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Getting Started With Kettlebell Training

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Updated October 20, 2009

Getting Started With Kettlebell Training
Paige Waehner
You may have heard of kettlebell training as being the next big thing in infomercials, on videos or even at your gym. It looks intriguing - a big heavy weight you get to swing around, but what exactly can it do for you? Kettlebell training can benefit anyone, from seasoned athletes to the average exerciser.

Although it doesn't necessarily take the place of regular cardio or strength training, it does involve elements of each. The dynamic, often ballistic movements involve the entire body and work on areas such as balance, coordination and power development, that don't get the same kind of attention in traditional training. Best of all, it's fun and can refresh and rejuvenate your workouts.

How You Can Use Kettlebell Training

Kettlebell training can be used in a variety of ways - to help you build strength and power as an athlete, to help you get started as a beginning exerciser or to make your current workouts more interesting. A few ideas for how to implement kettlebell training:

  • As a supplement to your workouts – Try adding basic kettlebell exercises at the beginning or end of your cardio or strength workout to get a little more out of your current routine.
  • As a part of your workouts – Another idea is to integrate kettlebell exercises into your routine. For example, doing a clean, push and press as part of your shoulder routine or a swing before moving on to heavy squat work.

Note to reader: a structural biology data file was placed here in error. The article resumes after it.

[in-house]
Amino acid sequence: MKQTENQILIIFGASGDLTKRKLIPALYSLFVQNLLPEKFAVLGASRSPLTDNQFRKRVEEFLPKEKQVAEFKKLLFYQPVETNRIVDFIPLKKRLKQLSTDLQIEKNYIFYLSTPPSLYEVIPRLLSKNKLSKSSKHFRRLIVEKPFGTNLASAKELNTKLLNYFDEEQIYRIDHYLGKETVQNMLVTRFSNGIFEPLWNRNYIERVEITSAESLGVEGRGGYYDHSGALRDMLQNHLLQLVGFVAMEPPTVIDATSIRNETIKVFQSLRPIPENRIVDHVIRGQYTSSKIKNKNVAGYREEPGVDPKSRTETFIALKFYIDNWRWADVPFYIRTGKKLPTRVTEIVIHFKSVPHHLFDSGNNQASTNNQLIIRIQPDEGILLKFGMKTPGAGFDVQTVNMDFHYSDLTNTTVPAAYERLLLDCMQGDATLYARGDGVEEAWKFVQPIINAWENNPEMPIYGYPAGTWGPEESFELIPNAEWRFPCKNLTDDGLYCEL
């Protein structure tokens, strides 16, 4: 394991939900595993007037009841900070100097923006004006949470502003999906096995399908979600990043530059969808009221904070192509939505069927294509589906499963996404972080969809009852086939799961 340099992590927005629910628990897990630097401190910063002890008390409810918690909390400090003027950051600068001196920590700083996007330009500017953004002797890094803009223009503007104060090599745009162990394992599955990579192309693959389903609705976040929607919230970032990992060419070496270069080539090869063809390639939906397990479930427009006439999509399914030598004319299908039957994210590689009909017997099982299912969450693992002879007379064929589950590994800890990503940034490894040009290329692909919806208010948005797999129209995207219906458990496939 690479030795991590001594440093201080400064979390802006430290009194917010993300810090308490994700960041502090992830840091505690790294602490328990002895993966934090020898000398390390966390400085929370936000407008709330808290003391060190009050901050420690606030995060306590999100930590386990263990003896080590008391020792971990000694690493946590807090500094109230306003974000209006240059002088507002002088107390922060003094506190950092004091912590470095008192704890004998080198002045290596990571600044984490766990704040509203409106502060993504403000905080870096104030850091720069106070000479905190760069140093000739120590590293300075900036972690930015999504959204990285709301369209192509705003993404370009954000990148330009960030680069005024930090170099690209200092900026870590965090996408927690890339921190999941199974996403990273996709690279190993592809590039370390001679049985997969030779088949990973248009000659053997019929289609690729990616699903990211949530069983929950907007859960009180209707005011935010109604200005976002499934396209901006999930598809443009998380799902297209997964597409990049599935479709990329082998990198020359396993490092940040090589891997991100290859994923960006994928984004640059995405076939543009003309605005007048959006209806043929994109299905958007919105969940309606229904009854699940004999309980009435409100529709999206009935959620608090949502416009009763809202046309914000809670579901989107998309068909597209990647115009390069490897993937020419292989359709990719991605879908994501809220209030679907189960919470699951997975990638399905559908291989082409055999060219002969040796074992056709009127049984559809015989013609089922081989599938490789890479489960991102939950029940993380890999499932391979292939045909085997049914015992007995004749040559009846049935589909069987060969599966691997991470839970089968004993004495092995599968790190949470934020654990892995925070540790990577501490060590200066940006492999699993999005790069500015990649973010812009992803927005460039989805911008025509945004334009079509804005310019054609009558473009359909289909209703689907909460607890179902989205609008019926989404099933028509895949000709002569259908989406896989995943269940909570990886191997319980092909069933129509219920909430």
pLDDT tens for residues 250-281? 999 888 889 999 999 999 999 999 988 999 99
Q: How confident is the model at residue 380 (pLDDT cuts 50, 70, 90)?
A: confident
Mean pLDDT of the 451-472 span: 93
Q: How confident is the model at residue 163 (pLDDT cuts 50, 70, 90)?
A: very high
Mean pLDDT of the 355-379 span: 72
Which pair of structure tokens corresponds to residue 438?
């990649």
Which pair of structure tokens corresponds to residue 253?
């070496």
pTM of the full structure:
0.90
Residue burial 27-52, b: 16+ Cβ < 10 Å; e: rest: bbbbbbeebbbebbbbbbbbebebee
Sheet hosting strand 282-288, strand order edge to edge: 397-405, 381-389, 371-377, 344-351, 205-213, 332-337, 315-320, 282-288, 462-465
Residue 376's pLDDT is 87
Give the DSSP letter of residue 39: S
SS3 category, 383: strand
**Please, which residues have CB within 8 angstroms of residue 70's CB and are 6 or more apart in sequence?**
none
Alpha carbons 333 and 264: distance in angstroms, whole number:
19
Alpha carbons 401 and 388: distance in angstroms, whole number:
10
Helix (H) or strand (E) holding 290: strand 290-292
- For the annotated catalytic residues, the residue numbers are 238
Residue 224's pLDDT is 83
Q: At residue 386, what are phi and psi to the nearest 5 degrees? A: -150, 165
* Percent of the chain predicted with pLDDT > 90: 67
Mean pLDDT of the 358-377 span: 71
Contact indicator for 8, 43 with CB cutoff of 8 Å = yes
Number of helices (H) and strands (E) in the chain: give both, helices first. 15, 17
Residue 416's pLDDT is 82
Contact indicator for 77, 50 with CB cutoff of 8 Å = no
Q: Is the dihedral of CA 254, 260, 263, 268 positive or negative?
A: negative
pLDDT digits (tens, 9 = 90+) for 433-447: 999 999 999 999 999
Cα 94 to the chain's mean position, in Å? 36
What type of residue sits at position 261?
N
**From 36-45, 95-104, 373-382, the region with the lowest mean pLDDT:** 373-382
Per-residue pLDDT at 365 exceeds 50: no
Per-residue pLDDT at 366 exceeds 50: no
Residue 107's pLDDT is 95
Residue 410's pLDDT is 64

• As a cross-training workout – You can also try kettlebell training as a separate workout you do for an active rest from your typical routine. Putting together a simple series of exercises such as swings, alternating swings, high pulls, presses, deadlifts, squats and rows, can give you a full body routine that works your body differently than your other workouts.
  • As your only workout – Kettlebell training doesn't take the place of regular cardio and strength but, if you avoid traditional training like the plague, trying kettlebells may be the motivation you need to exercise more regularly. You should have previous exercise experience under your belt before trying kettlebell training.

Choosing Your Kettlebells

Kettlebells come in a variety of styles and weights, starting at 5 lbs and going up 5 lb increments to over 100 lbs. The key in choosing your weight is to make sure it's heavy enough to challenge you without causing too much strain. It may take some trial and error to figure out the right weight and you'll find that different exercises will require a different load. If you’re just getting started, many of the more ballistic moves (such as swings or push presses) will be a little strange to you, so start with a light weight to perfect your form.

Below are some general guidelines to use when choosing your weight. These are only suggestions, so err on the lighter side if you're not sure:

  • 5-10 lbs – For women new to kettlebell training
  • 10-15 lbs – For fit women somewhat familiar with kettlebell training or men who are new to kettlebell training
  • 20-25 lbs – For fit women who've tried kettlebell training or men who are familiar with kettlebells
  • 30 lbs and up – For very fit people with previous kettlebell experience

If you plan on regular kettlebell training, you'll find that you'll need a variety of weights depending on the exercise you're doing. When in doubt, start with a light weight and practice the moves before moving up in weight.

You can find kettlebells at most sporting goods stores or discount department stores or you can order them online (Compare Prices). They can be expensive, but keep in mind that you can also use kettlebells for traditional strength training as well.

Next: Kettlebell exercises

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